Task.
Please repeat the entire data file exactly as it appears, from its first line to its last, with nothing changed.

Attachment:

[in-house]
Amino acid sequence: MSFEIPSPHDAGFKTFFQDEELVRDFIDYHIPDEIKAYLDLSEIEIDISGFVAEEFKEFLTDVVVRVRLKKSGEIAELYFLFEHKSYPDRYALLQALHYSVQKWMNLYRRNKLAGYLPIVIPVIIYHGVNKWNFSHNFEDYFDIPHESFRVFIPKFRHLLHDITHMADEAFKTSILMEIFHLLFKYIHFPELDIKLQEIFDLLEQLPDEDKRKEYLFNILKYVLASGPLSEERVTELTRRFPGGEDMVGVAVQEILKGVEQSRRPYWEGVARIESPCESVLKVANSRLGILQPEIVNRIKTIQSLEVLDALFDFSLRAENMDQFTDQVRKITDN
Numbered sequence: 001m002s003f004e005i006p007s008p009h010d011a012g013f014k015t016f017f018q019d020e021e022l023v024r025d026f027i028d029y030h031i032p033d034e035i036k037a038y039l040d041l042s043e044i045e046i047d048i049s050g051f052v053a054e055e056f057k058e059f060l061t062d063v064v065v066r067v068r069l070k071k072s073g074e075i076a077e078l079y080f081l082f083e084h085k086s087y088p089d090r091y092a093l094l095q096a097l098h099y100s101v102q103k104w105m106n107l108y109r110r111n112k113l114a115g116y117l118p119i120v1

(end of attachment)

[in-house]
Amino acid sequence: MSFEIPSPHDAGFKTFFQDEELVRDFIDYHIPDEIKAYLDLSEIEIDISGFVAEEFKEFLTDVVVRVRLKKSGEIAELYFLFEHKSYPDRYALLQALHYSVQKWMNLYRRNKLAGYLPIVIPVIIYHGVNKWNFSHNFEDYFDIPHESFRVFIPKFRHLLHDITHMADEAFKTSILMEIFHLLFKYIHFPELDIKLQEIFDLLEQLPDEDKRKEYLFNILKYVLASGPLSEERVTELTRRFPGGEDMVGVAVQEILKGVEQSRRPYWEGVARIESPCESVLKVANSRLGILQPEIVNRIKTIQSLEVLDALFDFSLRAENMDQFTDQVRKITDN
Numbered sequence: 001m002s003f004e005i006p007s008p009h010d011a012g013f014k015t016f017f018q019d020e021e022l023v024r025d026f027i028d029y030h031i032p033d034e035i036k037a038y039l040d041l042s043e044i045e046i047d048i049s050g051f052v053a054e055e056f057k058e059f060l061t062d063v064v065v066r067v068r069l070k071k072s073g074e075i076a077e078l079y080f081l082f083e084h085k086s087y088p089d090r091y092a093l094l095q096a097l098h099y100s101v102q103k104w105m106n107l108y109r110r111n112k113l114a115g116y117l118p119i120v1